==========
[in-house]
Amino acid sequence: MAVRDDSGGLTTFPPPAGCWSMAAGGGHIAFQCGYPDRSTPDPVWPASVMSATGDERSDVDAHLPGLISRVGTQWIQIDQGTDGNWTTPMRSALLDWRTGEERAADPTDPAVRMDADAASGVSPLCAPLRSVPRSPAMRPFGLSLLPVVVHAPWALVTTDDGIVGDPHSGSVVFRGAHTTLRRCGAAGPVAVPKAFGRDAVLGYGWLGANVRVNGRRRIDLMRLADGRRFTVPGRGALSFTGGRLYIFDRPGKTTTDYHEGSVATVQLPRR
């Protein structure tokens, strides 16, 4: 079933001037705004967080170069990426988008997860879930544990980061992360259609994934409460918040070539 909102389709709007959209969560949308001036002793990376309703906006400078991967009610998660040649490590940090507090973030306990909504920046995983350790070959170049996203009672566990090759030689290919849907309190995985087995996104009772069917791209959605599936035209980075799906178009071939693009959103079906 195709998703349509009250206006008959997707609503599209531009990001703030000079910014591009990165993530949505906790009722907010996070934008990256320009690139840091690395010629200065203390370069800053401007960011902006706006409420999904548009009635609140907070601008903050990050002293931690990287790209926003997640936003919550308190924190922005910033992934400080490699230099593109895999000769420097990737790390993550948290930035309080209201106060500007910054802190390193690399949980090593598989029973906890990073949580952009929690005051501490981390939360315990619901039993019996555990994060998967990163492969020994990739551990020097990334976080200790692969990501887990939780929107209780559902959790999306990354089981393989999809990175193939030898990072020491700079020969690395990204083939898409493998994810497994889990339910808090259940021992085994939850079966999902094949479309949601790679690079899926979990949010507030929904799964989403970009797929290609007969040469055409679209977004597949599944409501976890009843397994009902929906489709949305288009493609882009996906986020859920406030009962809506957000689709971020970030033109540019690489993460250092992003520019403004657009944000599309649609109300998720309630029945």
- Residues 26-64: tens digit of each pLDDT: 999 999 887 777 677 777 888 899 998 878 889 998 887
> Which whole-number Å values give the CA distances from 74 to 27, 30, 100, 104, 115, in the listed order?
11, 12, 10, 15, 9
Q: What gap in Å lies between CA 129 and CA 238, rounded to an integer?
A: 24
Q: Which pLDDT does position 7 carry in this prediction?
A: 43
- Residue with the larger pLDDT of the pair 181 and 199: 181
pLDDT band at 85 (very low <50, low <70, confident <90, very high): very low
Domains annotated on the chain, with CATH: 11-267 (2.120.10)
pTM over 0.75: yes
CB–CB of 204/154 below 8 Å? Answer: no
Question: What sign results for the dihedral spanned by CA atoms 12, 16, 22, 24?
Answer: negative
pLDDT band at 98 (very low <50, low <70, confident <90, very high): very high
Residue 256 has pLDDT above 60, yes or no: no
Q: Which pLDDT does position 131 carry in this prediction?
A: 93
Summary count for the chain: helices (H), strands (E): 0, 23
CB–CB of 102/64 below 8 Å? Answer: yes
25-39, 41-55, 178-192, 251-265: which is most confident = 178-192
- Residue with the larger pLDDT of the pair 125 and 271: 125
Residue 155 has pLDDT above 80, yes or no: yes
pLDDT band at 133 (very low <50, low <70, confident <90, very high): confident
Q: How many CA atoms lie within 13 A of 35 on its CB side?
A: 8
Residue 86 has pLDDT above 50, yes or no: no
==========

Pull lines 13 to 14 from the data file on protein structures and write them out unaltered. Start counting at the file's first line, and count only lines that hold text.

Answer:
Domains annotated on the chain, with CATH: 11-267 (2.120.10)
pTM over 0.75: yes